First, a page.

Our intelligence community needs some help from Apple to access encrypted information they believe can be secured from a cell phone recovered from one of the San Bernardino terrorists. The government believes the information may help it identify other enemies with whom the San Bernardino killers may have shared their plans. Apple argues that they are being asked to develop a “back door” soft wear program which would which would by-pass the built in security programs in their iPhones and allow the government to penetrate encryption programs now protecting the privacy of Apple’s customers. The government, arguing that the development of a soft wear by-pass is necessary for national security, and has gone to federal court and secured an court order directing Apple to comply with its request.
The Regulations To Support Anti-Terrorism By Fostering Effective Technologies (the SAFETY Act) was passed as part of the Homeland Security Act to encourage potential manufacturers or sellers of anti-terrorism technologies (ATTs) to develop and sell technologies that could reduce the risk or mitigate the effects of large-scale terrorist events by limiting legal liabilities that might otherwise be faced by such developers and sellers for injuries and losses sustained in an act of terrorism. The Act creates certain liability limitations for “claims arising out of, relating to, or resulting from an act of terrorism” where qualified ATTs have been deployed. The Act does not limit liability for harms caused by ATTs when no act of terrorism has occurred.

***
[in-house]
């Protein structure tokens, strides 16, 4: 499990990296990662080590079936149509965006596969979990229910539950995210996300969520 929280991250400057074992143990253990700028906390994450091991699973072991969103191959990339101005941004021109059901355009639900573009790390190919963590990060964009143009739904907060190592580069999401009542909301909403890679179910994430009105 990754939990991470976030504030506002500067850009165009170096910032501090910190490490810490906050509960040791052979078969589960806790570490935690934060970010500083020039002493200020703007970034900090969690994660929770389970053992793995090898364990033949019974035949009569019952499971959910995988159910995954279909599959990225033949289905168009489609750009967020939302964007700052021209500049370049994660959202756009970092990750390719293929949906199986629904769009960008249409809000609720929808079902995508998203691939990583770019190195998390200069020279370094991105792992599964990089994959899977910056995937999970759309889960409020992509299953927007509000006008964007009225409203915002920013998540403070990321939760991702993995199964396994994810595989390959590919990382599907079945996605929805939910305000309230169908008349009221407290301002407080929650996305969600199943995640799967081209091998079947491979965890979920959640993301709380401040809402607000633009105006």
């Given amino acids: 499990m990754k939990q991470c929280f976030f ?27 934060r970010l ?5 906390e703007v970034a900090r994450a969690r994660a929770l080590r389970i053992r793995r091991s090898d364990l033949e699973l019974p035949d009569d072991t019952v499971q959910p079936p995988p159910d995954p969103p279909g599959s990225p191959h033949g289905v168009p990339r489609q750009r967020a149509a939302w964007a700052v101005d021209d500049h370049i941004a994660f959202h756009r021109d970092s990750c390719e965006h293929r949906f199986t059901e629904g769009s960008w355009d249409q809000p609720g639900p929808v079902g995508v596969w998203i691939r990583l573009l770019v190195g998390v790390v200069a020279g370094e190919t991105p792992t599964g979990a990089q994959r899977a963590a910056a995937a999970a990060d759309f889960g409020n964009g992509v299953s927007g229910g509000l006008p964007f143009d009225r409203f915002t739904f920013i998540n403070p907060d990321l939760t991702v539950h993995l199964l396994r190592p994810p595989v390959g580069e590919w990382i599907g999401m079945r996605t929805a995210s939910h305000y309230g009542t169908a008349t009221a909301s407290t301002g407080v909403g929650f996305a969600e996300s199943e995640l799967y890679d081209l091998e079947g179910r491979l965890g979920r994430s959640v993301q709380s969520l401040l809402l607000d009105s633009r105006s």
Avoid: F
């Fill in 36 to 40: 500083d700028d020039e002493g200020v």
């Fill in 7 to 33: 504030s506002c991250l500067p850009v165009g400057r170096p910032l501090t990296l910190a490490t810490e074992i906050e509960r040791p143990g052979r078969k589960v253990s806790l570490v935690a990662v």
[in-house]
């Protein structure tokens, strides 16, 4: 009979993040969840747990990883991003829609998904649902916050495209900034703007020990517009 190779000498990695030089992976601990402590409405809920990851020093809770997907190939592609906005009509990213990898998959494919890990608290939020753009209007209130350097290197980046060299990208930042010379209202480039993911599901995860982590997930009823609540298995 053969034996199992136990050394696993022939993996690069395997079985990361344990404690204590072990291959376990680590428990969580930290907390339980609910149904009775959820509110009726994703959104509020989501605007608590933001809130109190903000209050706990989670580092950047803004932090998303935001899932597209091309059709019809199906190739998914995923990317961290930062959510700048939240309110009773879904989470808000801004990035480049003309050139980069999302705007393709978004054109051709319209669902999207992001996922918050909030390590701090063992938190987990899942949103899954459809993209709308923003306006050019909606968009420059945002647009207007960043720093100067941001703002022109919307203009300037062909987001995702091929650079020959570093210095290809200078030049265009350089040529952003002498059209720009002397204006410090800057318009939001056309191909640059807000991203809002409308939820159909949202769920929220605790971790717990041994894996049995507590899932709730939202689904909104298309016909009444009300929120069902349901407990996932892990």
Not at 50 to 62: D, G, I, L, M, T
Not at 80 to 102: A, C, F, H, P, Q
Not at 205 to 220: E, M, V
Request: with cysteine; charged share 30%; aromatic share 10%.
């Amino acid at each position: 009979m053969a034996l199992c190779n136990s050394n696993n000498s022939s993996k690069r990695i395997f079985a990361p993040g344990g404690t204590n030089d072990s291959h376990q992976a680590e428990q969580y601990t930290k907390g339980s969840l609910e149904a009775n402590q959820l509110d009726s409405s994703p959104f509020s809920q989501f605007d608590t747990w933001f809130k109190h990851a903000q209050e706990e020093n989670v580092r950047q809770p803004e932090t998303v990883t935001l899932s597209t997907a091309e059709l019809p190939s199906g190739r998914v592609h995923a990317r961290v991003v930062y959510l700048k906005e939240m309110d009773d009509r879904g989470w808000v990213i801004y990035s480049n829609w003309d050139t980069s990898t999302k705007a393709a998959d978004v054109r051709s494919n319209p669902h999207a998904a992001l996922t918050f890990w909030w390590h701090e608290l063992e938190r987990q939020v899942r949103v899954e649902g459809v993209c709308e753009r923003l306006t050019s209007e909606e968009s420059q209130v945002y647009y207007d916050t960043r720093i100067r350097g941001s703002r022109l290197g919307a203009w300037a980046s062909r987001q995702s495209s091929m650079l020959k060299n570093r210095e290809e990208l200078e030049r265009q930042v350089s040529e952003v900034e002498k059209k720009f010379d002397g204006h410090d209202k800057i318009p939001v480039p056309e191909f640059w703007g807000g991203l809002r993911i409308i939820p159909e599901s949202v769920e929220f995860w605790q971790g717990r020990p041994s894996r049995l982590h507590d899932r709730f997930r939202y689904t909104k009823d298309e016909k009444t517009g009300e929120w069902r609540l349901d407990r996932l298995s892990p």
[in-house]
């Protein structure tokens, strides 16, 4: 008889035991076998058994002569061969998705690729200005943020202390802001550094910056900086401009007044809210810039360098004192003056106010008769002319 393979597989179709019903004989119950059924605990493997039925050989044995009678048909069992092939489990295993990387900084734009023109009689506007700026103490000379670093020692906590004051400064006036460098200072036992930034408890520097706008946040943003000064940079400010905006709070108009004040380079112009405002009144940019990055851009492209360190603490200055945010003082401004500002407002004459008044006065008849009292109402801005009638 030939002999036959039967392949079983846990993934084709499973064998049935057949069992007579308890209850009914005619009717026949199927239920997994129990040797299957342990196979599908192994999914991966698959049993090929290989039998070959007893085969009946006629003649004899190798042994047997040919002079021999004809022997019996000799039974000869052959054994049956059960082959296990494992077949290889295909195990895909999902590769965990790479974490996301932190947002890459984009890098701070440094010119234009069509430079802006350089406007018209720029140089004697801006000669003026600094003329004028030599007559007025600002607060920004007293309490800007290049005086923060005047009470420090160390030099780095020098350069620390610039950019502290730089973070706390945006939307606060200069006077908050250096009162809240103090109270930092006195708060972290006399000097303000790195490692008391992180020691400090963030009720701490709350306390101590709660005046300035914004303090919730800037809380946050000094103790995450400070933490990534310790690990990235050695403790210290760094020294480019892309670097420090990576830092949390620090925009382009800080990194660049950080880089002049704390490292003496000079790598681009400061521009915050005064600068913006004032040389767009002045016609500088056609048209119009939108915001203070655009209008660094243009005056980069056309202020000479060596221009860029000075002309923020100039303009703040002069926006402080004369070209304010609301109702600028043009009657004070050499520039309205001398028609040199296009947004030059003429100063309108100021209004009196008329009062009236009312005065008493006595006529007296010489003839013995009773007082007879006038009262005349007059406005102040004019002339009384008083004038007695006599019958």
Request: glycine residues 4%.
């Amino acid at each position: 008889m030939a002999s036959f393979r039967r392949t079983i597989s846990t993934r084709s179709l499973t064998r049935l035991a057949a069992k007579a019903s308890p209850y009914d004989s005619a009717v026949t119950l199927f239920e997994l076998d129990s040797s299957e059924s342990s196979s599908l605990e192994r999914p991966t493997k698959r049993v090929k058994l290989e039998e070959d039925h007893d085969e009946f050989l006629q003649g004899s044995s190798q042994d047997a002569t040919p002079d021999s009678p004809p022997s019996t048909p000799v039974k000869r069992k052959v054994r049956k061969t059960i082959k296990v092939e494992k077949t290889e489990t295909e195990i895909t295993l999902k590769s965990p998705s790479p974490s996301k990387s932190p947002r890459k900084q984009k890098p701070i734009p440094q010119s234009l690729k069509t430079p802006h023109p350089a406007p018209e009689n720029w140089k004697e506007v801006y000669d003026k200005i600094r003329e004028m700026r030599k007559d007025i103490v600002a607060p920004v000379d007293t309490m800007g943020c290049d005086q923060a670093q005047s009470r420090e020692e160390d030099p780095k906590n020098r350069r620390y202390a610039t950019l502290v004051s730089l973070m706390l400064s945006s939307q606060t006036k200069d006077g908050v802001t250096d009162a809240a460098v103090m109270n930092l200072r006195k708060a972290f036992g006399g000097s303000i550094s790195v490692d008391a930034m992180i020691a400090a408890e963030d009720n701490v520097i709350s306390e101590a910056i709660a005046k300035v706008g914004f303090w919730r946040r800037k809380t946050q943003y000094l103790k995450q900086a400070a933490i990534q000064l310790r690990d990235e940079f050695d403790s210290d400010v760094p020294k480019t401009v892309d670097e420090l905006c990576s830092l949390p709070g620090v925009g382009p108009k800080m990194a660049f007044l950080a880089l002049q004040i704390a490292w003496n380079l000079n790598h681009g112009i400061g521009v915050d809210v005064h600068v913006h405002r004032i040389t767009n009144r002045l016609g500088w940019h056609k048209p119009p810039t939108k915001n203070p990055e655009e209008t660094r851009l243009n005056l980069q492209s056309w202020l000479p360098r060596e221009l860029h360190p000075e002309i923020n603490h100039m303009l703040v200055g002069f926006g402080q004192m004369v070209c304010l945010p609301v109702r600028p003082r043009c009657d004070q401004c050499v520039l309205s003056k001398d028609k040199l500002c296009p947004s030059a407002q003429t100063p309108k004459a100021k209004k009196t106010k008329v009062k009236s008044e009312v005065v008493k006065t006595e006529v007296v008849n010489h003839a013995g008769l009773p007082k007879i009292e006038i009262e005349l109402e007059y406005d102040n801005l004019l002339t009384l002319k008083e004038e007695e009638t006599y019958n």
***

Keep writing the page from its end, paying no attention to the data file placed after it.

I recently delivered back-to-back 90-minute lectures to three groups of New York City high school teachers on preventing violence from erupting in their classrooms. Amazed at the statistics regarding the size of the damage awards that have been paid out by the city arising out of negligent security claims against its public schools, the groups began to perceive the nature of the problem from a new perspective: that of a litigant.
The fact that al Qaeda terrorists developed specific plans for the targeting of several financial institutions for acts of terrorism is significant for anti-terrorism planning — regardless of the age of the information. The question is not whether the intelligence should be disregarded because it was three or four years old , but rather what the appropriate response should be. Differences in opinion over the wisdom and motivation of the information release aside, attention must be focused on how to respond to threats of terrorism believed to be legitimate; whether there is any real value in a show of force; and what long term impact will such information have upon the designated target(s), and upon society.
When, two years ago, a group of former law enforcement and military personnel came forward offering to provide screening and other security operations to fill the gap created in our airports by the change over from private security companies to a federal worker program, the idea was met with resistance from the federal bureaucracy.